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Sydney’s most famous Coke sign is, of course, the one that has been at the top of William Street since 1974, and was recently restored. When it was taken down off the wall in 2015, some obscure painted shapes were revealed. These were discovered to be the remains of a 1973 artwork by Roger Foley, a.k.a. Ellis D Fogg, who had been commissioned to “project images of moving liquids” on the wall.

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Some preferred this to the Coke sign, but now the sign is restored to its previous intensity, its neon glow a beacon to those approaching from the west. Some of Coca Cola’s other initiatives – such as the 1996 Coca Cola Quayside museum at Circular Quay, have been less enduring. For the $5 entry you could drink as much Coca Cola as you wanted at the “Fountain of Drinks”, discover the history of the beverage and buy trinkets from a gift shop in the shape of a Coke bottle. There is scant information about this short-lived museum online, although this 1996 review from Architecture Australia provides an arch overview of the experience:

The museum’s content is equally straightforward and presents an almost fetishistic, single-minded focus on the product. Its manufacturing and marketing history fills a sequence of handsome ash-veneered showcases, whilst aurally and visually dominating the centre of the museum is the video wall—showing, to the irritating accompaniment of an animated narrator who ensures that our attention span is limited to 30 seconds, the history of Coke and its advertisements against a backdrop of 20th century events—war, sport and pop music predominate.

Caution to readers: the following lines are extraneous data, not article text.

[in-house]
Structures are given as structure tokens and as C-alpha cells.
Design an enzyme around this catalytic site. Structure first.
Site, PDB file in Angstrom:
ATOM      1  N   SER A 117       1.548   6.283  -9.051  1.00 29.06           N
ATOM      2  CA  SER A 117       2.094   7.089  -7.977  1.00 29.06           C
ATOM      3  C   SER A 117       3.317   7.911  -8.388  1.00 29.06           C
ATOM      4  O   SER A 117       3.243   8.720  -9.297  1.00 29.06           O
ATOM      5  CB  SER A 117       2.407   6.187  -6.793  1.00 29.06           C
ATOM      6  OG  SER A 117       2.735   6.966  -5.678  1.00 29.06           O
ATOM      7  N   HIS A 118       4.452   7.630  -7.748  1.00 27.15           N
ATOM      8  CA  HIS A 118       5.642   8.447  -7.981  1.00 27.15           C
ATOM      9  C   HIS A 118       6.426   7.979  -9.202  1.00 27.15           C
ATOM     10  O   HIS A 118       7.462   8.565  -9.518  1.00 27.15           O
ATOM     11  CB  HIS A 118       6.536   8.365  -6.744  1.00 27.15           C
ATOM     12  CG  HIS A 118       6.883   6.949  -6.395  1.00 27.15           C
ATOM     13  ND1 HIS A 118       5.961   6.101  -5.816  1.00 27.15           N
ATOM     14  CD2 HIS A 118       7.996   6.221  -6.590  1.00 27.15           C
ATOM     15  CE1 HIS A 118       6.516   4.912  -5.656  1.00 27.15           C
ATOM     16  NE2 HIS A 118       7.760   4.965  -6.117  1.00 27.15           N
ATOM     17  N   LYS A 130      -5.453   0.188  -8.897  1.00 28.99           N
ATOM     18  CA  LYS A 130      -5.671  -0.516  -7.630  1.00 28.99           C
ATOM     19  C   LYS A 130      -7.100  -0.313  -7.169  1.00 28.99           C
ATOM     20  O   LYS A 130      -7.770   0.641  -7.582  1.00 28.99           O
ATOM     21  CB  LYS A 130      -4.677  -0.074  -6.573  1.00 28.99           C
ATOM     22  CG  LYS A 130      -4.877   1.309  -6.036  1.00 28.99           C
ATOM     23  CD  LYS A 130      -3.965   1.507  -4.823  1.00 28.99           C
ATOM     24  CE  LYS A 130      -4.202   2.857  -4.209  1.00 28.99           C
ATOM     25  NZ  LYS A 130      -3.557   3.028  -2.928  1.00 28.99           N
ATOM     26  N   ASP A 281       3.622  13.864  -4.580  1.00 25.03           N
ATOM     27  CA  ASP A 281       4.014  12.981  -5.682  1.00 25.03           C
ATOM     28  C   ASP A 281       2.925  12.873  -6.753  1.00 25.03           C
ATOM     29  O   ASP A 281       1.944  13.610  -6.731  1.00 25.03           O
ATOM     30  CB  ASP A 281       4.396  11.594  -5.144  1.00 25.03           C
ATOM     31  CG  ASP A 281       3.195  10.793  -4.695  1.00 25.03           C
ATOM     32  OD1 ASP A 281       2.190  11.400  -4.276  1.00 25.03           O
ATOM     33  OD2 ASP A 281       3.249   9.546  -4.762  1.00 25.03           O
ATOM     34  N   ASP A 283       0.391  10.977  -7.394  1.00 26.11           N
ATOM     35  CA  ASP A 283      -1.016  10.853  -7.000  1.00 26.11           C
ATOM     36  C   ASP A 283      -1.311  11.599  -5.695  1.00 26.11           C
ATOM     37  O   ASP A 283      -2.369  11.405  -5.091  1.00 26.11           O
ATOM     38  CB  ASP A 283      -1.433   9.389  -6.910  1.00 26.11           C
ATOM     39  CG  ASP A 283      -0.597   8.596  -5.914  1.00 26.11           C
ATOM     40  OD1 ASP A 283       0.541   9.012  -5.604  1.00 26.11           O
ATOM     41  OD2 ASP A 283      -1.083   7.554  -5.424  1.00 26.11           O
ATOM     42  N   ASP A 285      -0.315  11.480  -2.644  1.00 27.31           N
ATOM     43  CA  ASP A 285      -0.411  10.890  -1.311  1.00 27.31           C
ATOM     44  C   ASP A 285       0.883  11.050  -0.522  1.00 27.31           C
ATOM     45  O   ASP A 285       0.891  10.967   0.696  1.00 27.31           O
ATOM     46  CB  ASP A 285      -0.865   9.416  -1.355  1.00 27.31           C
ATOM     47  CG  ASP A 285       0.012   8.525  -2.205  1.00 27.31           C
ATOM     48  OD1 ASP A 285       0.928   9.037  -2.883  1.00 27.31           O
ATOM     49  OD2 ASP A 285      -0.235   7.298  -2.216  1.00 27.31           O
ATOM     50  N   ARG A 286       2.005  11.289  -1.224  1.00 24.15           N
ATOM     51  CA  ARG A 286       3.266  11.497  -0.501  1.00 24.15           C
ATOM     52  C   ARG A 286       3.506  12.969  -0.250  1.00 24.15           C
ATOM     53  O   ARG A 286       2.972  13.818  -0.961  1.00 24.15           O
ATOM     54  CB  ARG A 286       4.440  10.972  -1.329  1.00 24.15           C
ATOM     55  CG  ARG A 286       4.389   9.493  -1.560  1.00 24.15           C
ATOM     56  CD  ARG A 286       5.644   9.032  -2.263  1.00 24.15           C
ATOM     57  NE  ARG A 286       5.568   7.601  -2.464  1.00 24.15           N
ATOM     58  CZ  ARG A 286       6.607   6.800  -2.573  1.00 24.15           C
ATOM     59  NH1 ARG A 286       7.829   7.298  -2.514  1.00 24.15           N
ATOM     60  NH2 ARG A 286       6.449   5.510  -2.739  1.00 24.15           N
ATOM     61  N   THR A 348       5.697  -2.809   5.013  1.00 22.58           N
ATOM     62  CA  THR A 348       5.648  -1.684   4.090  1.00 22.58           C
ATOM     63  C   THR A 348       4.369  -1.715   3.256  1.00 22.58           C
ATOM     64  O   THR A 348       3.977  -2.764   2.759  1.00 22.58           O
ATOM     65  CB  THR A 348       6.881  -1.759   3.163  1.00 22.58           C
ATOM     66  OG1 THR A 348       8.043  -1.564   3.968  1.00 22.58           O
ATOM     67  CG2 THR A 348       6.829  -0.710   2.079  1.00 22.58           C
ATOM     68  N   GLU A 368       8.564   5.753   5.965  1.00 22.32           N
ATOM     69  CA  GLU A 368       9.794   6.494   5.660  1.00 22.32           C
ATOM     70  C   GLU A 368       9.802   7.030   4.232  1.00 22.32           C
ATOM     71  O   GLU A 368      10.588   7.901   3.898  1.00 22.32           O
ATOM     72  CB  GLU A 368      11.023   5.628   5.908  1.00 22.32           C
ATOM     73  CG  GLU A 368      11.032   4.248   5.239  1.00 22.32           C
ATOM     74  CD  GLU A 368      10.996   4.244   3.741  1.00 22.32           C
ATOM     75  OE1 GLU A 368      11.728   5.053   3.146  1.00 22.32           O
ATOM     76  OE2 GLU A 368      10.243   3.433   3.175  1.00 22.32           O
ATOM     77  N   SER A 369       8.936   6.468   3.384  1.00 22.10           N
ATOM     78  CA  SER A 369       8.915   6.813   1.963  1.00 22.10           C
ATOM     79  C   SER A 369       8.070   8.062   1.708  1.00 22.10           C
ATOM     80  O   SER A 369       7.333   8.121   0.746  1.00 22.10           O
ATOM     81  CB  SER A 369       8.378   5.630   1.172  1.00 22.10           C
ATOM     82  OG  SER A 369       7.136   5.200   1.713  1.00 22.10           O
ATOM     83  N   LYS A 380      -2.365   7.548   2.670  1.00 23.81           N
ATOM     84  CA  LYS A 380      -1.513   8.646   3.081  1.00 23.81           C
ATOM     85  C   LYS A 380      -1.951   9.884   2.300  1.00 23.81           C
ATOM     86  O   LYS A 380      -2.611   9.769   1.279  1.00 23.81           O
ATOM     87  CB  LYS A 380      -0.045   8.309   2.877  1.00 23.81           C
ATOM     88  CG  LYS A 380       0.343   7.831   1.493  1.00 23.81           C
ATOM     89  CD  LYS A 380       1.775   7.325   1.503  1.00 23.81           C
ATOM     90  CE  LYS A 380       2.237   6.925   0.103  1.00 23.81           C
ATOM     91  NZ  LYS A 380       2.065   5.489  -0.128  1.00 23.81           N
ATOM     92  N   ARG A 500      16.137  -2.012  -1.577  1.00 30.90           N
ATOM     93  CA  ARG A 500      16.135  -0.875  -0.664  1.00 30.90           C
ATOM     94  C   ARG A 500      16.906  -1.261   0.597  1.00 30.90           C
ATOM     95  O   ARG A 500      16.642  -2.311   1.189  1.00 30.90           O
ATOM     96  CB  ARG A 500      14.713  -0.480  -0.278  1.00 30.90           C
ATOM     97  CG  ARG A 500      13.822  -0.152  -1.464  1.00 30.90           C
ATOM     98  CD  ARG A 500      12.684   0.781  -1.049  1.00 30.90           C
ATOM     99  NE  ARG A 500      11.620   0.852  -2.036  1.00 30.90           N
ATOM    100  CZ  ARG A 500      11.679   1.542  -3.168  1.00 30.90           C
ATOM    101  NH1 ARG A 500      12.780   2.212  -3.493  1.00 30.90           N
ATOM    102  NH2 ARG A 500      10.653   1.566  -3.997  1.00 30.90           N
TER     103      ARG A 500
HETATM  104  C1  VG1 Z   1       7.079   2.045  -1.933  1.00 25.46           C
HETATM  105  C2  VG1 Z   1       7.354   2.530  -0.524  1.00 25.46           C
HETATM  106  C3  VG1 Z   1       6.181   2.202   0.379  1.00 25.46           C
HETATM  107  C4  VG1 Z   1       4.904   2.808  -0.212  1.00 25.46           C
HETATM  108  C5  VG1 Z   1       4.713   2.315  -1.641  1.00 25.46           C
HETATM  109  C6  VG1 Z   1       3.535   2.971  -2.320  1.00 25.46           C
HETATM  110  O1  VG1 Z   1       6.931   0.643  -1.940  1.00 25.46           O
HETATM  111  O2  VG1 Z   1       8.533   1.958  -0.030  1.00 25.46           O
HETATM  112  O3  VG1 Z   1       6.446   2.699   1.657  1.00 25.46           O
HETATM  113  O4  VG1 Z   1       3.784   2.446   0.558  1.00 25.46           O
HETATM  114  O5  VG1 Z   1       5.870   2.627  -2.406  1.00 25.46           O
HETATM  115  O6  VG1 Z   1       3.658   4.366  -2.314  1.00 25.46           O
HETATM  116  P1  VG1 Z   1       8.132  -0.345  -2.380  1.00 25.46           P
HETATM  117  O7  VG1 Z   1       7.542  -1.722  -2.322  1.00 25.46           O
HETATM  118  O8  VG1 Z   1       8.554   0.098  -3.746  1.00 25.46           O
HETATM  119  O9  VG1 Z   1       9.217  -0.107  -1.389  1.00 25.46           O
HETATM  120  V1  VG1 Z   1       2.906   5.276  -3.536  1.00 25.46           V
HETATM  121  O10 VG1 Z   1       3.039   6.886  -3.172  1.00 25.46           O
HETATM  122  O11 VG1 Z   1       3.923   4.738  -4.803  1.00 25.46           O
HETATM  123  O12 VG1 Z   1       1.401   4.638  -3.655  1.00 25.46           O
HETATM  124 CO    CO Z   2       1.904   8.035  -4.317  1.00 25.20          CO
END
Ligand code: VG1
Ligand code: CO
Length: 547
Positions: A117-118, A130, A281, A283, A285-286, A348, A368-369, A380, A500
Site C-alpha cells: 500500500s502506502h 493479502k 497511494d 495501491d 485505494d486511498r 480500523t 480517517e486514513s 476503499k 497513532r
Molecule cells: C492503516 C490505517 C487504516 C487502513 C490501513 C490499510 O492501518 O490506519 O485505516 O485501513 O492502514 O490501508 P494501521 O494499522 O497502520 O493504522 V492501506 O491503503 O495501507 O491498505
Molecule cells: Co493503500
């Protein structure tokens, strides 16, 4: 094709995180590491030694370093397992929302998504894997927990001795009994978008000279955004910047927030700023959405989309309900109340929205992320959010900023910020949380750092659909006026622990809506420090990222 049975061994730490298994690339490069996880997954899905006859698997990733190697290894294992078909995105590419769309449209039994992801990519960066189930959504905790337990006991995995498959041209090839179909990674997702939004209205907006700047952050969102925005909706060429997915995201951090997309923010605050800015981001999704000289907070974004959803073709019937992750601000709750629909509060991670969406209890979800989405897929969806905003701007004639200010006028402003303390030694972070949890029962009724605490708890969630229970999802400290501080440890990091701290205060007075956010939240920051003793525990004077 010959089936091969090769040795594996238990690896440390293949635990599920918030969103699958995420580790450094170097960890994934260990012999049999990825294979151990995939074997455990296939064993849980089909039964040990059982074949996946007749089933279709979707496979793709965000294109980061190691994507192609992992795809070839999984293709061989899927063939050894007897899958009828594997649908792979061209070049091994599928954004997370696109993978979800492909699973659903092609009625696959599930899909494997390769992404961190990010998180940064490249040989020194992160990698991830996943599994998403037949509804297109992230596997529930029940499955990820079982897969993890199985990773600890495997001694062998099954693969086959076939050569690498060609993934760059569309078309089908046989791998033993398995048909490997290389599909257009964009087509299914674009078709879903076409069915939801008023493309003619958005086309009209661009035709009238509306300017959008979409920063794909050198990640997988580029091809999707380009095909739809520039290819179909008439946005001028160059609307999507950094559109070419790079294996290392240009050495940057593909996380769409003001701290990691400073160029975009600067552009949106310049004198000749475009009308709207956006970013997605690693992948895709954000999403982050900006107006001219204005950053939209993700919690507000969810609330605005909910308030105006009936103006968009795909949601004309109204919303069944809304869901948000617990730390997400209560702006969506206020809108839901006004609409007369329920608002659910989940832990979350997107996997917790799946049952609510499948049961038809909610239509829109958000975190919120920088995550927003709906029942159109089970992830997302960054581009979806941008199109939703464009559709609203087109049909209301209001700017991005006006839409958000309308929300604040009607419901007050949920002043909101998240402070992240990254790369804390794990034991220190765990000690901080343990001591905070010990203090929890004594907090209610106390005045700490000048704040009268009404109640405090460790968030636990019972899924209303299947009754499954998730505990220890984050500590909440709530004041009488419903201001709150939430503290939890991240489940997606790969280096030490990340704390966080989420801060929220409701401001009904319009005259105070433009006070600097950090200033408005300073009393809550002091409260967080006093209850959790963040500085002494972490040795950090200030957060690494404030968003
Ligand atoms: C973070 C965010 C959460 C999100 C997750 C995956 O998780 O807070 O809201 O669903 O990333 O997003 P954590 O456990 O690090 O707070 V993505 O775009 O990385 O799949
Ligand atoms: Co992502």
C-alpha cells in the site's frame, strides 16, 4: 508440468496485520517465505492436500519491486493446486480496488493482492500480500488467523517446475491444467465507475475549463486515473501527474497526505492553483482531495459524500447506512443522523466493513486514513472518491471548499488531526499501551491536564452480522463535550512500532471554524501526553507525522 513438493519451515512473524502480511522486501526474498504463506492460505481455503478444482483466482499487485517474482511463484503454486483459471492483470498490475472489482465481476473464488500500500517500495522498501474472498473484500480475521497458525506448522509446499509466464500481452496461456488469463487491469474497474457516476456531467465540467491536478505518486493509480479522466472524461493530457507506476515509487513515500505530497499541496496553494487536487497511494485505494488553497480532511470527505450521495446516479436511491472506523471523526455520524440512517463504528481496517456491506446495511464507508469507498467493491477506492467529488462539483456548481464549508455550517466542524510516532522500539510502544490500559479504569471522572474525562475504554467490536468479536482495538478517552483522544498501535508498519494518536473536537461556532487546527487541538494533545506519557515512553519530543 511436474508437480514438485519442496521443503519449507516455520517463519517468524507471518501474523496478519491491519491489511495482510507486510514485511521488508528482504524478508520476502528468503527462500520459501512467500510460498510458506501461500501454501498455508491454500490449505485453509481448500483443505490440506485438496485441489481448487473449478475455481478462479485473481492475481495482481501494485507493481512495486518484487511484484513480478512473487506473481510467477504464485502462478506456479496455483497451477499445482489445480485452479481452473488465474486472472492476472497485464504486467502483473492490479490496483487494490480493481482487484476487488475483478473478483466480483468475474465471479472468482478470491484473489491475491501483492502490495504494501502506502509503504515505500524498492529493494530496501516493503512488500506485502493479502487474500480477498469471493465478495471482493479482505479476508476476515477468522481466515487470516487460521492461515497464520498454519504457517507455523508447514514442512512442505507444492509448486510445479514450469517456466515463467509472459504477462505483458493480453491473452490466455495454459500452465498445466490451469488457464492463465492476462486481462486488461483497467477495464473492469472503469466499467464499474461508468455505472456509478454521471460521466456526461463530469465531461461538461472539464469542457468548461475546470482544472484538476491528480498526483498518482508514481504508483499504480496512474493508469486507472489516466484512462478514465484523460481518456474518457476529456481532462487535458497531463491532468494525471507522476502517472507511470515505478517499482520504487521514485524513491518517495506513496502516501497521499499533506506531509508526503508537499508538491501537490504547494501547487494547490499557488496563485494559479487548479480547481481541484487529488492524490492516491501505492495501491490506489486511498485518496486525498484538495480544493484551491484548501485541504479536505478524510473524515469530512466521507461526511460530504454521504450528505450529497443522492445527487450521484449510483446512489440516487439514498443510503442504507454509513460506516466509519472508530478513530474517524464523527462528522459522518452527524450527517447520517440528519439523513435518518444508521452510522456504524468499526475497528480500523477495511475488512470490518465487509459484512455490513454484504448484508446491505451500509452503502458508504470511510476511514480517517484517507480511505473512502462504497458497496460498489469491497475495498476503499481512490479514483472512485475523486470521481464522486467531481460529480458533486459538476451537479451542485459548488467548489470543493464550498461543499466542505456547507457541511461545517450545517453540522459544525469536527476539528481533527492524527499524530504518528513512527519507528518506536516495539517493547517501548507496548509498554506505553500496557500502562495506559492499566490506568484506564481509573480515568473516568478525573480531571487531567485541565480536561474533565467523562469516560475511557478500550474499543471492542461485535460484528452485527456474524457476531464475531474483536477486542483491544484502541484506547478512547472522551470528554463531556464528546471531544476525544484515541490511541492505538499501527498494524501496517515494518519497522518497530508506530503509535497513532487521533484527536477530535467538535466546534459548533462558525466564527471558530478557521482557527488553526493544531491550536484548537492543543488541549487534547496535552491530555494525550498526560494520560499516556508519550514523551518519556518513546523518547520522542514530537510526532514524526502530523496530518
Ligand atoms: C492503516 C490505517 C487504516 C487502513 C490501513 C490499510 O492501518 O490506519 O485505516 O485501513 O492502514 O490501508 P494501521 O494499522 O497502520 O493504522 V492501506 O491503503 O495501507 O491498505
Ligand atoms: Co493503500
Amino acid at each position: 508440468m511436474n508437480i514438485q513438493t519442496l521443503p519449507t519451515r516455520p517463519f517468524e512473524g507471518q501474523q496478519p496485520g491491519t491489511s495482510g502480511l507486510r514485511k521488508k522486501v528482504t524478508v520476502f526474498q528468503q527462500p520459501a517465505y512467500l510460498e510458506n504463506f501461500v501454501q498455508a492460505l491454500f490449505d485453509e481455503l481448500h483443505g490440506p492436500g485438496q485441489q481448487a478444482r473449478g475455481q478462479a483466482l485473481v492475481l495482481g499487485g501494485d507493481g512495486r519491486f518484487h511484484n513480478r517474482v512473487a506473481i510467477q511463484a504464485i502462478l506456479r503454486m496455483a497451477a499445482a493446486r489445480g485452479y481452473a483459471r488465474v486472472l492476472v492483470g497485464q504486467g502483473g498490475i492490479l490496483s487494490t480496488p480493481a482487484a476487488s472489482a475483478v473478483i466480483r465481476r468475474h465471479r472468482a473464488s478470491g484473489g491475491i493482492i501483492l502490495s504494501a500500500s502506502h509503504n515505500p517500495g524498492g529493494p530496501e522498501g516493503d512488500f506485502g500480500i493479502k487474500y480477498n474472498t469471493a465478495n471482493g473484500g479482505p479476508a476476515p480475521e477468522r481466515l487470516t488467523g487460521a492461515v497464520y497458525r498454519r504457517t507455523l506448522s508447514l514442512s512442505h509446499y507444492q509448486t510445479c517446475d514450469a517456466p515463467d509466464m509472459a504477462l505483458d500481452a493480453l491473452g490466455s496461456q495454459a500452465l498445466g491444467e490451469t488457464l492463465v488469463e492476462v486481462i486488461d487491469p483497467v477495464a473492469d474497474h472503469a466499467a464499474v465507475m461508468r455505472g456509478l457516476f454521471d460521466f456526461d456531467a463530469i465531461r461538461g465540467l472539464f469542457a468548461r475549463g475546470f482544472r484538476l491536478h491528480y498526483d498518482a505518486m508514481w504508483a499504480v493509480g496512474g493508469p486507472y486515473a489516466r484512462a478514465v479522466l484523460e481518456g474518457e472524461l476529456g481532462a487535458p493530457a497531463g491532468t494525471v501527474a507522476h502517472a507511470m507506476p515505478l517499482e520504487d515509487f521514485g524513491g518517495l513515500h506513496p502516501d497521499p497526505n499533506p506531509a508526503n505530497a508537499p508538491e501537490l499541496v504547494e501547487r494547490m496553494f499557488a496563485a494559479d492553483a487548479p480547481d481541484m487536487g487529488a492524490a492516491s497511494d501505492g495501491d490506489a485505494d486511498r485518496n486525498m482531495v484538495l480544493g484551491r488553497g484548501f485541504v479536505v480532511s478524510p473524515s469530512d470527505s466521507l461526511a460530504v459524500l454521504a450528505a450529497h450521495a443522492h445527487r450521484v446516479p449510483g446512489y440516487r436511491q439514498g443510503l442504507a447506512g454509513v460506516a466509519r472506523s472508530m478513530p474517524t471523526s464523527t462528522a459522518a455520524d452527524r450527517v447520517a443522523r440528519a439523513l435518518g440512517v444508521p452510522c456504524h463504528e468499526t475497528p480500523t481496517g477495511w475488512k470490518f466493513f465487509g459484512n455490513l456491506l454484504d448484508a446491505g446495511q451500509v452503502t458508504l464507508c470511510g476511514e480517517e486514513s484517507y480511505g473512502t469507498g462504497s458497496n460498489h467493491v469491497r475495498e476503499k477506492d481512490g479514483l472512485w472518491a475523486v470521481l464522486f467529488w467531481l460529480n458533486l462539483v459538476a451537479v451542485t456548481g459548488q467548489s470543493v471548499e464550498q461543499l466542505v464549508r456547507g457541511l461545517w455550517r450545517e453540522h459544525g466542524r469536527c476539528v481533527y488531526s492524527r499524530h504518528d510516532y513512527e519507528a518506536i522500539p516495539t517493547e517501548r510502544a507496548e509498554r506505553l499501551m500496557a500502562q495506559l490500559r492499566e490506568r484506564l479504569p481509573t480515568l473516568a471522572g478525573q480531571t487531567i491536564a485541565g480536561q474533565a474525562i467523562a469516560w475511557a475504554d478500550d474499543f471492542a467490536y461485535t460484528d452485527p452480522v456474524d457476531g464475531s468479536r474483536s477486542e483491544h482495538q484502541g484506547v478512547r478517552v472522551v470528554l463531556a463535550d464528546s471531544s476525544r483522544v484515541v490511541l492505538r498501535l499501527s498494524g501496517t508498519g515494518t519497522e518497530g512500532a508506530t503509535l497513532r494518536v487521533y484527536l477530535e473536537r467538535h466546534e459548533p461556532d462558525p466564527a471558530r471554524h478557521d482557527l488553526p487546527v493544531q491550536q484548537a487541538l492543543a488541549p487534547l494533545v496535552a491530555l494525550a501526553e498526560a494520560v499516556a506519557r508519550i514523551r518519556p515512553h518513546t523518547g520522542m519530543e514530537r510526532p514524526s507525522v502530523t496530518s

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Buy a souvenir yo-yo from Coca Cola Quayside.

Back in the present, I am on the search for more Big Cans as I travel around the suburbs. Last night was the hottest on record, and summer is far from over. I will need some big refreshment to get me through.

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Update: some additional Big Cans of Sydney, thank you Kirsten Seale for tipping me off about the Kingsgrove Can:

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And Kylie for the Bexley Can:

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The Stalwart and the Onions

When I started Mirror Sydney in 2012 it was with a love for the lesser-known place and stories of the city and suburbs. These exist in endless numbers, far too many of them to know or capture comprehensively. From the infinite number of minor Sydney stories, this is one of my favourites.

In 1939 Sydney had a shortage of onions. A period of drought had affected the Victorian crop, and in order to fulfil the demand for the 20, 000 tonnes of onions consumed by the city every year, imports became necessary. Most of the imported onions came by boat from Japan or Egypt.